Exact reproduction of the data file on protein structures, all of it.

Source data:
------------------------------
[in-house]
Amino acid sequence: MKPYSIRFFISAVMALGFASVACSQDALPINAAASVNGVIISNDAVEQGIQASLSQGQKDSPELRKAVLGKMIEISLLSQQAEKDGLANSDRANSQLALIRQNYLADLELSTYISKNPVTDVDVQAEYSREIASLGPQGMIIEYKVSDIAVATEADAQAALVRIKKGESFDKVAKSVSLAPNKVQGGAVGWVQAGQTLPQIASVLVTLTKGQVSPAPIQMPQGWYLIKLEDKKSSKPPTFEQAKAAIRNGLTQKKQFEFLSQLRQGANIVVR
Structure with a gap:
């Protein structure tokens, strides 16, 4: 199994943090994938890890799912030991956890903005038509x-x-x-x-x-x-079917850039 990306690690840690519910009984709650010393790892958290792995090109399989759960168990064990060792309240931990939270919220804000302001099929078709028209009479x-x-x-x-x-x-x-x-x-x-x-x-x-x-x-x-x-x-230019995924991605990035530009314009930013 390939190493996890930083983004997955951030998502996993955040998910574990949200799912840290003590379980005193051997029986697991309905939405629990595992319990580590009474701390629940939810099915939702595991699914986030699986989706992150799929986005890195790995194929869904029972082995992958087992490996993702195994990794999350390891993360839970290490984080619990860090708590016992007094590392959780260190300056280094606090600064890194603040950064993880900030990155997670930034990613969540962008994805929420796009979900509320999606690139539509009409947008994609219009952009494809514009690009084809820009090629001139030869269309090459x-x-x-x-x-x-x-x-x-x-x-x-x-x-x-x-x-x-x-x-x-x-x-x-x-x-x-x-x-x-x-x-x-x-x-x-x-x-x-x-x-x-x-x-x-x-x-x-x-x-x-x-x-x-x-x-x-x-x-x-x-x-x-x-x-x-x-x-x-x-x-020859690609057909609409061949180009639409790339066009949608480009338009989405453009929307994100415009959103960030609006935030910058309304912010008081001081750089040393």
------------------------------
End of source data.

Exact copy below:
[in-house]
Amino acid sequence: MKPYSIRFFISAVMALGFASVACSQDALPINAAASVNGVIISNDAVEQGIQASLSQGQKDSPELRKAVLGKMIEISLLSQQAEKDGLANSDRANSQLALIRQNYLADLELSTYISKNPVTDVDVQAEYSREIASLGPQGMIIEYKVSDIAVATEADAQAALVRIKKGESFDKVAKSVSLAPNKVQGGAVGWVQAGQTLPQIASVLVTLTKGQVSPAPIQMPQGWYLIKLEDKKSSKPPTFEQAKAAIRNGLTQKKQFEFLSQLRQGANIVVR
Structure with a gap:
């Protein structure tokens, strides 16, 4: 199994943090994938890890799912030991956890903005038509x-x-x-x-x-x-079917850039 990306690690840690519910009984709650010393790892958290792995090109399989759960168990064990060792309240931990939270919220804000302001099929078709028209009479x-x-x-x-x-x-x-x-x-x-x-x-x-x-x-x-x-x-230019995924991605990035530009314009930013 390939190493996890930083983004997955951030998502996993955040998910574990949200799912840290003590379980005193051997029986697991309905939405629990595992319990580590009474701390629940939810099915939702595991699914986030699986989706992150799929986005890195790995194929869904029972082995992958087992490996993702195994990794999350390891993360839970290490984080619990860090708590016992007094590392959780260190300056280094606090600064890194603040950064993880900030990155997670930034990613969540962008994805929420796009979900509320999606690139539509009409947008994609219009952009494809514009690009084809820009090629001139030869269309090459x-x-x-x-x-x-x-x-x-x-x-x-x-x-x-x-x-x-x-x-x-x-x-x-x-x-x-x-x-x-x-x-x-x-x-x-x-x-x-x-x-x-x-x-x-x-x-x-x-x-x-x-x-x-x-x-x-x-x-x-x-x-x-x-x-x-x-x-x-x-x-020859690609057909609409061949180009639409790339066009949608480009338009989405453009929307994100415009959103960030609006935030910058309304912010008081001081750089040393």